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The cause of an irregularly acting heart in an adult may be o...
Our Wonderful Coat
What the Skin Is. The skin is the most wonderful and one of t...
_Measles_, which may be easily distinguished from scarlatina,...
See Veins, Swollen, etc. ...
If an attack comes on from sudden cold, take _Aconite_ and _I...
SYMPATHY, in its best sense, is the ability to take another's...
Breath And Blood
Often difficulty of breathing, especially in close air, mistak...
Pulmonary Insufficiency Pulmonary Regurgitation
If this rare condition occurs, it is probably congenital. A ...
Contraindications To Esophagoscopy
In the presence of aneurysm, advanced organic disease, exten...
This is usually a bodily illness, though often regarded as men...
Technicalities Of The Pack And Bath
Let me give you its technicalities, and the rationale of its ...
Very great good can often be done by a little careful syringin...
Physical Signs Of Bronchial Foreign Body
In most cases there will be limitation of expansion on the in...
Actinomycosis Of The Esophagus
Esophageal actinomycosis has been autoptically discovered. It...
The Tongue is not Used chiefly for Tasting. If you will notic...
What we call, for want of a better name, "nerve force," or "ne...
These begin like warts, and in the earlier stages poulticing a...
Some most distressing troubles come as the result of frights. ...
Treating With Electrolytic Currents
For decomposing and carrying off unnatural growths, as fistul...
To Prevent Colds
Keep the _arms_, _hands_ and _chest_ well clothed and warm. ...
Source: Primitive Psycho-therapy And Quackery
ROBERT FLUDD, surnamed "the Searcher," an English physician, writer and
theosophist, member of a knightly family, first saw the light at
Milgate, Kent, in the year 1574. His father, Sir Thomas Fludd, was
Treasurer of War under Queen Elizabeth. Robert was a graduate of St.
John's College, Oxford.
After taking his degree in 1598, he followed the example of many another
man of original mind, athirst for knowledge of the world, and led a
roving life for six years, "in order to observe and collect what was
curious in nature, mysterious in arts, or profound in science."
Returning to London in 1605, he entered the College of Physicians, and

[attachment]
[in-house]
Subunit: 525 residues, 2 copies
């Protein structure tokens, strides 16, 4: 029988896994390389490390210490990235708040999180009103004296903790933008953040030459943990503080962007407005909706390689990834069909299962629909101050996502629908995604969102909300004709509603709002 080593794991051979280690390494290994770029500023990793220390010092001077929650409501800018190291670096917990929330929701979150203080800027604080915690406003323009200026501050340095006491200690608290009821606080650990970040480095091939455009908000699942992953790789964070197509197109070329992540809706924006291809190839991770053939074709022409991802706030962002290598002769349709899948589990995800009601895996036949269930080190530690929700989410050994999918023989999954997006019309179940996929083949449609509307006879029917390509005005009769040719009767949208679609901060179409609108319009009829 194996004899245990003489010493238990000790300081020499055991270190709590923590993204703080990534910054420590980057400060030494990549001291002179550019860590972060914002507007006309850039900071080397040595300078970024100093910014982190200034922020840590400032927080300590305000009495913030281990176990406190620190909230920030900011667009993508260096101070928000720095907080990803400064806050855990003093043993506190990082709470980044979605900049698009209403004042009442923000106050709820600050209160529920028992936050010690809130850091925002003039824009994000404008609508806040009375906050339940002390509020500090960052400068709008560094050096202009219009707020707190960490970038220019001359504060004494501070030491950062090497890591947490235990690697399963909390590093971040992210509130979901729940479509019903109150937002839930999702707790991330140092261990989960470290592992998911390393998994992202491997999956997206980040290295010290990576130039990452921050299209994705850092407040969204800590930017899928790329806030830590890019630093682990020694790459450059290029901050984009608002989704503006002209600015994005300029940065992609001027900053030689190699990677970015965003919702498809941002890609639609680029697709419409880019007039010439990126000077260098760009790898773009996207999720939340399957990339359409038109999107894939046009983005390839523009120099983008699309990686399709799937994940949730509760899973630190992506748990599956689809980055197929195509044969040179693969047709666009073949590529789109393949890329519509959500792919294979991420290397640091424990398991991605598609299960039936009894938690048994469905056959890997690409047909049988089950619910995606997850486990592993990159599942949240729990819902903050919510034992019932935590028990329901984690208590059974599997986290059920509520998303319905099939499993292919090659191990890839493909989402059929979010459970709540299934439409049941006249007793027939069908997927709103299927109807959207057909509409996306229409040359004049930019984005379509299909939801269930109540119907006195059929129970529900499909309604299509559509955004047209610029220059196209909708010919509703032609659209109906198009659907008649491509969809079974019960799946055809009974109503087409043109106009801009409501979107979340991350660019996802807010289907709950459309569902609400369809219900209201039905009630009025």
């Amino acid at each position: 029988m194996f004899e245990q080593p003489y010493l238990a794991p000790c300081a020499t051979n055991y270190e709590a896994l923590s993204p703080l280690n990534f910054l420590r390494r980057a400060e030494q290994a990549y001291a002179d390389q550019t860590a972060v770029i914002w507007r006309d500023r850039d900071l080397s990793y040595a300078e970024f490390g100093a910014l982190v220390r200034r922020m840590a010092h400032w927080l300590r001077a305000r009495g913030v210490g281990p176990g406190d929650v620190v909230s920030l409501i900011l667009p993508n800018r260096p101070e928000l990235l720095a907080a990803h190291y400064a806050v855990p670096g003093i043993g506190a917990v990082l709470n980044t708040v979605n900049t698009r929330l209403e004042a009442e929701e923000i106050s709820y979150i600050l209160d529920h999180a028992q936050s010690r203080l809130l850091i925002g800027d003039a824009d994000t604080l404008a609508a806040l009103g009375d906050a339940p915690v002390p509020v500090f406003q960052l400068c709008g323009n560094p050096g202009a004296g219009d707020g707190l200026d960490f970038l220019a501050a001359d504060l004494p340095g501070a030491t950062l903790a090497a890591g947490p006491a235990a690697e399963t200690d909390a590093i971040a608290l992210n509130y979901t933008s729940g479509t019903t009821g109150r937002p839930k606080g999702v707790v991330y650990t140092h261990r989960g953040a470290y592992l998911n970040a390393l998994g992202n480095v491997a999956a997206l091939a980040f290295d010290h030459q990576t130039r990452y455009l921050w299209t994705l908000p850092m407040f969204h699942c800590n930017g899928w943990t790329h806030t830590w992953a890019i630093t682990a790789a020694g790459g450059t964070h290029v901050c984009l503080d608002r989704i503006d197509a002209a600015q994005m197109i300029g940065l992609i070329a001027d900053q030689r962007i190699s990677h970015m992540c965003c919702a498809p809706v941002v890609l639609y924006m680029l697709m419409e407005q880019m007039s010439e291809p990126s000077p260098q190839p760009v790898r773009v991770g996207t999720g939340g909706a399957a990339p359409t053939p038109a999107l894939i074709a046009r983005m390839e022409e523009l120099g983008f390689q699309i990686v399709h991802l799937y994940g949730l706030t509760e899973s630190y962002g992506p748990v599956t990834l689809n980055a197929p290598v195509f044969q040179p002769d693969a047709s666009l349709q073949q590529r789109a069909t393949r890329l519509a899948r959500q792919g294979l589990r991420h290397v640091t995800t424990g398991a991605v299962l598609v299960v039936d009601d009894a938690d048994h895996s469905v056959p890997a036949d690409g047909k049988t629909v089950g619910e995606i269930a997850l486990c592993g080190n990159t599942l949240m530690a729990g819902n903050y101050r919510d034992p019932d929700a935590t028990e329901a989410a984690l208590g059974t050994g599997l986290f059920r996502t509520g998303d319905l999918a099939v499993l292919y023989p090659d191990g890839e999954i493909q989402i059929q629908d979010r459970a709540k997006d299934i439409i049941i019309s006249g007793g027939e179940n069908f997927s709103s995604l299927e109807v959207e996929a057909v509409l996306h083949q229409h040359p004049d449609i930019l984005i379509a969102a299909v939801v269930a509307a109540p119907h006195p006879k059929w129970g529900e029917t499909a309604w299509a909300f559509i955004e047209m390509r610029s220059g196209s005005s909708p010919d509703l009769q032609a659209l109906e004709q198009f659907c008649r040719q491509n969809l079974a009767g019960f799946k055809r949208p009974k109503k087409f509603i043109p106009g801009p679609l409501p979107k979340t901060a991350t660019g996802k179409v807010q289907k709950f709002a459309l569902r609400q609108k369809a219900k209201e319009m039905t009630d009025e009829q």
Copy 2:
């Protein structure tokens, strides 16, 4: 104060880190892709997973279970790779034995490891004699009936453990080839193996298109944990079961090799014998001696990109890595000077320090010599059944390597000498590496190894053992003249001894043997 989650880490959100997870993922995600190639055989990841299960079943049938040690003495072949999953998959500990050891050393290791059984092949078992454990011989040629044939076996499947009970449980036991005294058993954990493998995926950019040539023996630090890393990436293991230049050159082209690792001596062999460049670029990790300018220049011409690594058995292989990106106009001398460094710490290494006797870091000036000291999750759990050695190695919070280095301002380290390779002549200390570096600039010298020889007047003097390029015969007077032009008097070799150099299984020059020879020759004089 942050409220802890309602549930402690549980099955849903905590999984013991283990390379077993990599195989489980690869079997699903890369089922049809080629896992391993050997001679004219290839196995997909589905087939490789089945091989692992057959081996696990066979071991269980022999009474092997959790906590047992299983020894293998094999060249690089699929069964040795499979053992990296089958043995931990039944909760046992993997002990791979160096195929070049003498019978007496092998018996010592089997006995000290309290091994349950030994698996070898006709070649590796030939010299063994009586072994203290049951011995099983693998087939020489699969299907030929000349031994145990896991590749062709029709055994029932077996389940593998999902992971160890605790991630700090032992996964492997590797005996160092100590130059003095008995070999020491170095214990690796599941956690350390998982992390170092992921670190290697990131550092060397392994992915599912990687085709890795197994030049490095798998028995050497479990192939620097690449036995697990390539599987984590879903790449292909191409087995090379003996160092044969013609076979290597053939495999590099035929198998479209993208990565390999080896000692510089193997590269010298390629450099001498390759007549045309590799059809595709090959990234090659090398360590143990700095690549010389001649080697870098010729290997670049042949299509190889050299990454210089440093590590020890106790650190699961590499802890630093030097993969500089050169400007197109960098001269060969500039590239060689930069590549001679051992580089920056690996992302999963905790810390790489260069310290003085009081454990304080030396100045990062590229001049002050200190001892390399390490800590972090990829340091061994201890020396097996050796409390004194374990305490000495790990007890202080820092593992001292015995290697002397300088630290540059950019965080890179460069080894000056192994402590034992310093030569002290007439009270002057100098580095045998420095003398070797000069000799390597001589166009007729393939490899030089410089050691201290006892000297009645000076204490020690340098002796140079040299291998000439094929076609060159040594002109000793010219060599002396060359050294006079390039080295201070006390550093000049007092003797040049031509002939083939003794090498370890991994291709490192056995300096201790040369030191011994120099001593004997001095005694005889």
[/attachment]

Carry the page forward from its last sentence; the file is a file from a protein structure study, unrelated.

four years later receiving a medical degree, he established himself at
his house in Coleman Street, in the metropolis, where he remained until
his death in 1637.
Fludd was a voluminous writer, and one of the most famous savants of
his time. He was at once physician, chemist, mathematician, and
philosopher. But his chief reputation was due to his system of
theosophy. Profoundly imbued with mystical lore, he combined in an
incomprehensible jumble the doctrines of the Cabalists and Paracelsians.
William Enfield, in the "History of Philosophy," remarks of the
peculiarity of this philosopher's turn of mind, that there was nothing
which ancient or modern times could afford, under the notion of modern
wisdom, which he did not gather into his magazine of science. Fludd was
reputed to be a man of piety and great learning, and was an adept in the
so-called Rosicrucian philosophy. In his view, the whole world was
peopled with demons and spirits, and therefore the faithful physician
should lay hold of the armor of God, for he has not to struggle against
flesh and blood. He published treatises on various subjects which are
replete with abstruse and visionary theories. The title of one of these
treatises is as follows: "De Supernaturalis, Naturalis,
Praeternaturalis, et Contranaturalis Microcosmi Historia, 1619."
The phenomena of magnetism were ascribed by him to the irradiation of
angels. Robert Fludd enjoyed the acquaintance and friendship of many
scientists at home and abroad, and was without doubt one of the most
versatile and erudite of contemporary British scholars.
He devoted much time to scientific experiments and natural philosophy,
and constructed a variety of odd mechanisms, including an automatic
dragon and a self-playing lyre. Moreover, he was a believer in
mystical faith-cures, and in the existence of a kind of dualism in
therapeutics, whereby sickness and healing were produced by two
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